Easter separates facts from fiction

April 19, 2019

This is the time of year when tale spinners come out of the woodwork with conspiracy theories about the authenticity of the resurrection of Christ. As always, when the dust clears, the fictions fall and the resurrection stands.

Roger Campbell
Reflections Columnist

Why is this repeatedly true? What makes the resurrection so hard to bring down? Why are these fictitious arguments against new life so hard to sell?
There are three accepted answers to these questions: the empty tomb, the testimonies of the eyewitnesses and the existence of the church today.

The inscription on Shakespeare’s tomb says, “Good friend, for Jesus’ sake, forbear to dig the dust enclosed here. Blest be the man that spares these stones, and curst be he that moves my bones.” In contrast, the One whose name is invoked in Shakespeare’s epitaph said His tomb would ultimately be empty because He would rise in three days.”

Shakespeare’s undisturbed tomb issues a warning.

Our Lord’s empty tomb declares a promise kept.

The eyewitnesses of the resurrection were at first reluctant to believe. Strangely, the enemies of Jesus remembered His promise to rise from the grave while His friends seem to have forgotten it. Even the women who made their way to the tomb that first Easter morning had somehow missed the message. They were carrying spices to anoint and preserve the body of the one who had declared death couldn’t hold Him in its icy grip. “Destroy this temple, and in three days I will raise it up,” He had said. But there they were preparing to do the work of undertakers.

What changed the minds and mission of these sincere but doubting women?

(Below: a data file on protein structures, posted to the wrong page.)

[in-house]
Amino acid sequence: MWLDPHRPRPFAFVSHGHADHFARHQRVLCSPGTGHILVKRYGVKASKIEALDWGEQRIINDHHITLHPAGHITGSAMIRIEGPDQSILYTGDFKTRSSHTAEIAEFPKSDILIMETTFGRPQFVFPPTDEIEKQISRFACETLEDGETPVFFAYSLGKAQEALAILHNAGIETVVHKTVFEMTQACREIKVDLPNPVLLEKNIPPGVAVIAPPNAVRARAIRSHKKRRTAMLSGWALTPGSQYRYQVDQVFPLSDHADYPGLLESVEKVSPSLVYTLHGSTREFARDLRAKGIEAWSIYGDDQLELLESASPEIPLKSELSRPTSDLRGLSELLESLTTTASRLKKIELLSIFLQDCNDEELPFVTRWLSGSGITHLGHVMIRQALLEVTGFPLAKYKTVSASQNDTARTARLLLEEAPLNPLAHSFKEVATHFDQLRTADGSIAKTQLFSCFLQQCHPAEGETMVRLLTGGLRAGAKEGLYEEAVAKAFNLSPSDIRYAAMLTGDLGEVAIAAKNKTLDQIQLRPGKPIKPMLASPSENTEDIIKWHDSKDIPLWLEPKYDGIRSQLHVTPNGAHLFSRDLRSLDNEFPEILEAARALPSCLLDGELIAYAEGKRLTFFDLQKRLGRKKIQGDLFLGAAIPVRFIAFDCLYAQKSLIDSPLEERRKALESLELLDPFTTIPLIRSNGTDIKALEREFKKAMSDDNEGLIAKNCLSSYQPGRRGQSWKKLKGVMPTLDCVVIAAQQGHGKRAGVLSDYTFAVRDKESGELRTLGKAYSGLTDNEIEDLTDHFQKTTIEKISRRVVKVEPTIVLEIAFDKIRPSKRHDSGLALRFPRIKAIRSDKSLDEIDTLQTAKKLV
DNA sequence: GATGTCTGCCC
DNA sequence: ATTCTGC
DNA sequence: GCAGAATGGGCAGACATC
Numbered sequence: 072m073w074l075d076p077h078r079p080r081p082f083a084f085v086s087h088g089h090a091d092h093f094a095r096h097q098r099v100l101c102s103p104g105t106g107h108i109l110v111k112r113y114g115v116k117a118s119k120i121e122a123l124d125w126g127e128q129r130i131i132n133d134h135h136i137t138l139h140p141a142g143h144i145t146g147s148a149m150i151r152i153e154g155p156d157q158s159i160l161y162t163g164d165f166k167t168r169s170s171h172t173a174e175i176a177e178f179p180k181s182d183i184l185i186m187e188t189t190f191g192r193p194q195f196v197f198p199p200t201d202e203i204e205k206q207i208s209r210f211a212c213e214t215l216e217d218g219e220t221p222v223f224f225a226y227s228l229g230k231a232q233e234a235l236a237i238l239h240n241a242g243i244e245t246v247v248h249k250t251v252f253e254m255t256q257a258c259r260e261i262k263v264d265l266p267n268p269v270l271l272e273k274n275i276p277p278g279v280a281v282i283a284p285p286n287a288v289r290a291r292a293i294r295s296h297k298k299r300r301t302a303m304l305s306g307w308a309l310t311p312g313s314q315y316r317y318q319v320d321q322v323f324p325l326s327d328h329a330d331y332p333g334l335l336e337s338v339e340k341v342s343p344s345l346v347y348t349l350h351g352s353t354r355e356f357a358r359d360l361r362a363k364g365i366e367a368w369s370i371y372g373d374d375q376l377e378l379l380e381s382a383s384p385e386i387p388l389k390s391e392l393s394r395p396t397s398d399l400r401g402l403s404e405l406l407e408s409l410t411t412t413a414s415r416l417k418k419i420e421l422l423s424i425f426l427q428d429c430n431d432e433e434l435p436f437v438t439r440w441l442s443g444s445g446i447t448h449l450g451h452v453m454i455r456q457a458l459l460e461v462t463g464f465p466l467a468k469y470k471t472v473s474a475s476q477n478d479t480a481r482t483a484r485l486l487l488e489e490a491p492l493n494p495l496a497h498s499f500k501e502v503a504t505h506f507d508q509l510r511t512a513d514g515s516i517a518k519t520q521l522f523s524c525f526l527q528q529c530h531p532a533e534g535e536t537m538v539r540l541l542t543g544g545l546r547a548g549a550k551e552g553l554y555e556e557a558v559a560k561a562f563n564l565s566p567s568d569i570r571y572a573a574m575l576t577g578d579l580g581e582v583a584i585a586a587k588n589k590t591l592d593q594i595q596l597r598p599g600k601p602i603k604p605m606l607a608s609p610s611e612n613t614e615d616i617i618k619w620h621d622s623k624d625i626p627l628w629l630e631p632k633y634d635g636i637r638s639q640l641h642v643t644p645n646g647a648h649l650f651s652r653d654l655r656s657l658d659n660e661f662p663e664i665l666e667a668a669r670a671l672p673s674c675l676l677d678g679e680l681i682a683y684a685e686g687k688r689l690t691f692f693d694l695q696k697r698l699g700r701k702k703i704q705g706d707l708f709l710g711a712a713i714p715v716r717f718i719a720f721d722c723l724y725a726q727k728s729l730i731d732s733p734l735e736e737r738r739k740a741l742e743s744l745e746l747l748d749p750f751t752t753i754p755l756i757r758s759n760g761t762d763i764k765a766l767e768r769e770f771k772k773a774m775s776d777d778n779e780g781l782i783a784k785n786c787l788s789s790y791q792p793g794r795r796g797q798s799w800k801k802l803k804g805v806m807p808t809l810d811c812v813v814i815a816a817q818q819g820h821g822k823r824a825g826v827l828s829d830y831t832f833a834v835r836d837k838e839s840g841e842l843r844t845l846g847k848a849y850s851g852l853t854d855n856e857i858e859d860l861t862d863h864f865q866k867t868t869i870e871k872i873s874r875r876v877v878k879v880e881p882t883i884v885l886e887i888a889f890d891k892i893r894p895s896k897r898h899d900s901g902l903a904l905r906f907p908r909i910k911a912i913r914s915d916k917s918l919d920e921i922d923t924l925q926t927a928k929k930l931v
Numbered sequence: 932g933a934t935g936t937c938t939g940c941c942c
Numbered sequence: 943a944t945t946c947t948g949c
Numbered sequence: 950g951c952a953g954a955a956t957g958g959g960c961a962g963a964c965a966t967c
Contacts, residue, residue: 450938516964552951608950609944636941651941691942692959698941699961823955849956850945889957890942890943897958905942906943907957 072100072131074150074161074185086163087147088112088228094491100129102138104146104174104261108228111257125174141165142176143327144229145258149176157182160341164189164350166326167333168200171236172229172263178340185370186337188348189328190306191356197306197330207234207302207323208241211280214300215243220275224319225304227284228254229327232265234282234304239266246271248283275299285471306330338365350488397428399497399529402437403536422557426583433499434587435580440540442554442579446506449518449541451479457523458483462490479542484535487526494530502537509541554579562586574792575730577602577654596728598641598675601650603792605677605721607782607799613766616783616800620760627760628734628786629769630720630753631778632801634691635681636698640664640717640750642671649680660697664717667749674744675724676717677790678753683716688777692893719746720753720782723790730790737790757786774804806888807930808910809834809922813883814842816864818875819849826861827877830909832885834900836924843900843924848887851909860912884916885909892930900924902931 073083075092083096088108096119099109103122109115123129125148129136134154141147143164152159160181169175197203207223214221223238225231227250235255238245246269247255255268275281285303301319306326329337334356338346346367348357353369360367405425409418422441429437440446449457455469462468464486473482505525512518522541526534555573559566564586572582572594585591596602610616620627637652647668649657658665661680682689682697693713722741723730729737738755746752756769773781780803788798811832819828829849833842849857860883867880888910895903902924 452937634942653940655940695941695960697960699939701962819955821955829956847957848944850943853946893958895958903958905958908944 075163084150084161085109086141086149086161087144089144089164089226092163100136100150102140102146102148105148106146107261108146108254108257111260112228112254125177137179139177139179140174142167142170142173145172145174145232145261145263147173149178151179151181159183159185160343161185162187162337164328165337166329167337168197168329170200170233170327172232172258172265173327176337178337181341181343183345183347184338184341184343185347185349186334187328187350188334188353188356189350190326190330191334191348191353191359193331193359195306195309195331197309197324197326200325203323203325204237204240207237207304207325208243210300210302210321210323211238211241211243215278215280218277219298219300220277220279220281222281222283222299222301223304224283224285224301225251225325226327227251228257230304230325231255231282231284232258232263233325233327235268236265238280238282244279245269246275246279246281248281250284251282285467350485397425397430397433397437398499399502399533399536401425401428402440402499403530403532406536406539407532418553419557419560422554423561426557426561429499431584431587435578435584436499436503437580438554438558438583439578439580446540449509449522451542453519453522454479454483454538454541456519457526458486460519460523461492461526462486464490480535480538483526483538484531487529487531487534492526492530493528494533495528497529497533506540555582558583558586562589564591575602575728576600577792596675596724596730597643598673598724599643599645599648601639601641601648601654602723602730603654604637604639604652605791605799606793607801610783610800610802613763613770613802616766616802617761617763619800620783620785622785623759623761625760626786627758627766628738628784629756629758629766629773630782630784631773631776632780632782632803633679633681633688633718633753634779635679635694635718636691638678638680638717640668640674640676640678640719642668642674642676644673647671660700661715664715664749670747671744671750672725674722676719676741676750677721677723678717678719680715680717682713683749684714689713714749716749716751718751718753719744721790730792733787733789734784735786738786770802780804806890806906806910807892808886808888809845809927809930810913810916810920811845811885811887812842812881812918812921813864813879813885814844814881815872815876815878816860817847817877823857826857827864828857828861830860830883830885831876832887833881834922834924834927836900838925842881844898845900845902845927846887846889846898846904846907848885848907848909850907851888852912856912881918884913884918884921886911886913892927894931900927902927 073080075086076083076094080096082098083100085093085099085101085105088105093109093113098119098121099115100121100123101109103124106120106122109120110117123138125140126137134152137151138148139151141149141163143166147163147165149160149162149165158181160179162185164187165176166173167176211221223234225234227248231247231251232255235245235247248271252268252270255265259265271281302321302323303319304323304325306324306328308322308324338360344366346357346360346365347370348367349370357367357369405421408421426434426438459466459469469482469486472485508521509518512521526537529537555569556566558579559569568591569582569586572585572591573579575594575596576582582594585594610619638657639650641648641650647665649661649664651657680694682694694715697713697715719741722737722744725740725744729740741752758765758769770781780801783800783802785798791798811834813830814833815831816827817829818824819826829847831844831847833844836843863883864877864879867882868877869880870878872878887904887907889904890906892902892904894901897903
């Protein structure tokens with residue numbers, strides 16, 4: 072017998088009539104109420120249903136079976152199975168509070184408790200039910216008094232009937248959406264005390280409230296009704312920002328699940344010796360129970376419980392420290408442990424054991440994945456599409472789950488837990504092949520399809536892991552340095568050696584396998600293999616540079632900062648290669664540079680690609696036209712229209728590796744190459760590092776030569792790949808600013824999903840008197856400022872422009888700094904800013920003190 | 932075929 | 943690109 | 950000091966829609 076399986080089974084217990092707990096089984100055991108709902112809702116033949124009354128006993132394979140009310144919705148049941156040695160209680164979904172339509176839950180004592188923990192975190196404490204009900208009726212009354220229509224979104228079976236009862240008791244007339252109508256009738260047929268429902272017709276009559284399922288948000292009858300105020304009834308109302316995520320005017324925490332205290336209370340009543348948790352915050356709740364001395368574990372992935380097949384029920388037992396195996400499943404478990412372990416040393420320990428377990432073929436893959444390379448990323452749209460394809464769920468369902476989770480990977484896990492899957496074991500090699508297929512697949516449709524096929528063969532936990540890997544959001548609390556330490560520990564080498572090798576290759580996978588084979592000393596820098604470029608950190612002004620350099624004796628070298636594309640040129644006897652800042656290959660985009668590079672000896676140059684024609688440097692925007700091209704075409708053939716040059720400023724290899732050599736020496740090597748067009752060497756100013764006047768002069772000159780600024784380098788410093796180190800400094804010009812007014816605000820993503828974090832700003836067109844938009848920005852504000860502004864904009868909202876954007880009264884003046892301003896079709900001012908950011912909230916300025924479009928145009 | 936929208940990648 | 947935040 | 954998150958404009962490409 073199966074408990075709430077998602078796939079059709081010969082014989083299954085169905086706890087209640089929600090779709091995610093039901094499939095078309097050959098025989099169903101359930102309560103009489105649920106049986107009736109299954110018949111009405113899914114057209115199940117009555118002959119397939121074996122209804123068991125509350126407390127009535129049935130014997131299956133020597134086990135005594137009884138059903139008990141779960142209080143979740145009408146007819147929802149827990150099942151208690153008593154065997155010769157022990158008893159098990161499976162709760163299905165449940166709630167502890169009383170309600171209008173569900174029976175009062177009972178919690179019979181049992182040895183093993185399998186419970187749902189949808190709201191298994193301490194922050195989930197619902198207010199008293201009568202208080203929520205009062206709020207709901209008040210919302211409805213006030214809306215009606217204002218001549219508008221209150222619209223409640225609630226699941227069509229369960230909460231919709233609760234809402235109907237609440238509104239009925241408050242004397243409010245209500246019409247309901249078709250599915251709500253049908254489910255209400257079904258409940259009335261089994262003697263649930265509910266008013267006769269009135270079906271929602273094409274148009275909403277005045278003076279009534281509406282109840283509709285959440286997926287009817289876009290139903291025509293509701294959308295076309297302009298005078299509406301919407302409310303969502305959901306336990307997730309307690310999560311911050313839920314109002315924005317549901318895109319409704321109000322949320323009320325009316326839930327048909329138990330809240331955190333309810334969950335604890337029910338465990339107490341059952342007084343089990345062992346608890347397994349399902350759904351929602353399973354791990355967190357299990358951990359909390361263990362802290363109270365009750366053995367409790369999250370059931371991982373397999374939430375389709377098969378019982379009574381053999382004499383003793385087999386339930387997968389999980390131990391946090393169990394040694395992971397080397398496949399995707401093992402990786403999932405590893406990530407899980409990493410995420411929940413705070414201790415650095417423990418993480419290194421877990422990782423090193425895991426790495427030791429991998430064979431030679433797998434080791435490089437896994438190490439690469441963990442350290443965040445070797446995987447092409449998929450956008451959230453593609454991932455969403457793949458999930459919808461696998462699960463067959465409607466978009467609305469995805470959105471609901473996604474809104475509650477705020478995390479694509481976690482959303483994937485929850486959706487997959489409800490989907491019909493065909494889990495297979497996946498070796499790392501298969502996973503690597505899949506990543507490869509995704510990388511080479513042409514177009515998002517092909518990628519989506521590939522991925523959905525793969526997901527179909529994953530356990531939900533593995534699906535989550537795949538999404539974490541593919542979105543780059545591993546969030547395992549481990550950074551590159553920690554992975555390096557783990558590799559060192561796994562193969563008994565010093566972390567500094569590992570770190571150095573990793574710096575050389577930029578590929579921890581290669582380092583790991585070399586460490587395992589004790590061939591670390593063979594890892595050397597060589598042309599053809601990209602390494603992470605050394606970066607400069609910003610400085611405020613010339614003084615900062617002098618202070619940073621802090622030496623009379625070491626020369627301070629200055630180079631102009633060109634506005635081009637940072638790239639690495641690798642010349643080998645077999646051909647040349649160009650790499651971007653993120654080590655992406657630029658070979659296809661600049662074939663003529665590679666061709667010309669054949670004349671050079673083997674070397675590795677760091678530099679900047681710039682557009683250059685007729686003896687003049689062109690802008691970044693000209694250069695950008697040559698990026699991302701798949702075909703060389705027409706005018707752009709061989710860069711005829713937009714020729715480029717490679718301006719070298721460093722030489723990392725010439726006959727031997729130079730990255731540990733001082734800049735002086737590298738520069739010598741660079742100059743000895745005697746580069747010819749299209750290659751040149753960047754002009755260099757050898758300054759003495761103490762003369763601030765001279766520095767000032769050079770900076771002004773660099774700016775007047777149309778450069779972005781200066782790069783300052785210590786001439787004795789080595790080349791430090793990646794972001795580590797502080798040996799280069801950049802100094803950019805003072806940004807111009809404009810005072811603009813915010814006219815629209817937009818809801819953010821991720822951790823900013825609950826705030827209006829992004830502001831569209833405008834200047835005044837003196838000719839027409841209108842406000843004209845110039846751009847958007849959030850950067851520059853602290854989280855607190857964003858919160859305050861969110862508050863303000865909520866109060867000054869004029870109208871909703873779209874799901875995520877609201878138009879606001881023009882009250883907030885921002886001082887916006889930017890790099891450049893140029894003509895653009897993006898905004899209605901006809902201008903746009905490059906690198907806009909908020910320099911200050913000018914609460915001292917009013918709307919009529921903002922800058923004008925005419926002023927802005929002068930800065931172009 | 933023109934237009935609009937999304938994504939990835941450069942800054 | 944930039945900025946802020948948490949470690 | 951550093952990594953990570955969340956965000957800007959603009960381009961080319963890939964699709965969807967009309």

An early morning earthquake and an empty tomb.

Moments after the earth began to move beneath their feet they discovered the stone that had been placed at the mouth of the tomb had been rolled away, ending their doubts and sending them on their way to tell the good news. The reality of the resurrection transformed them from morticians to missionaries. Later the disciples would meet the resurrected One and join in getting the infant church on its way to fulfilling their Lord’s commission to let the whole world know.

The existence of the church today, made up of millions of believers, may be the greatest proof of all. One hundred twenty witnesses of the resurrection met in an upper room facing the responsibility of sharing their faith with all people. Doing so would cost many of them their lives.

In his book, “First Easter,” Paul Maier says, “The psychological change of the disciples is certainly striking. What transformed Peter, the man who could be unhinged by questions from a servant girl, into so bold a spokesman for the faith that even the Sanhedrin could not silence him? Had the disciples tried to spawn a new faith on the world, would they have gone on to give their lives for it? Clearly, they were convinced that Jesus rose, for myths do not make martyrs.”

Those one hundred twenty weak eyewitnesses were unstoppable and by the end of the first century their number had multiplied to millions. Their success was rooted in truth and all fictitious arguments faded before their firsthand knowledge of the resurrection.

Roger Campbell was an author, a broadcaster and columnist who was a pastor for 22 years. An anthology containing over one hundred of his best columns, “Everywhere You Go There’s a Zacchaeus Up a Tree,” is now available at your local or online bookseller. Contact us at rcministry@ameritech.net or on FACEBOOK @YOURFAITHADVENTURE





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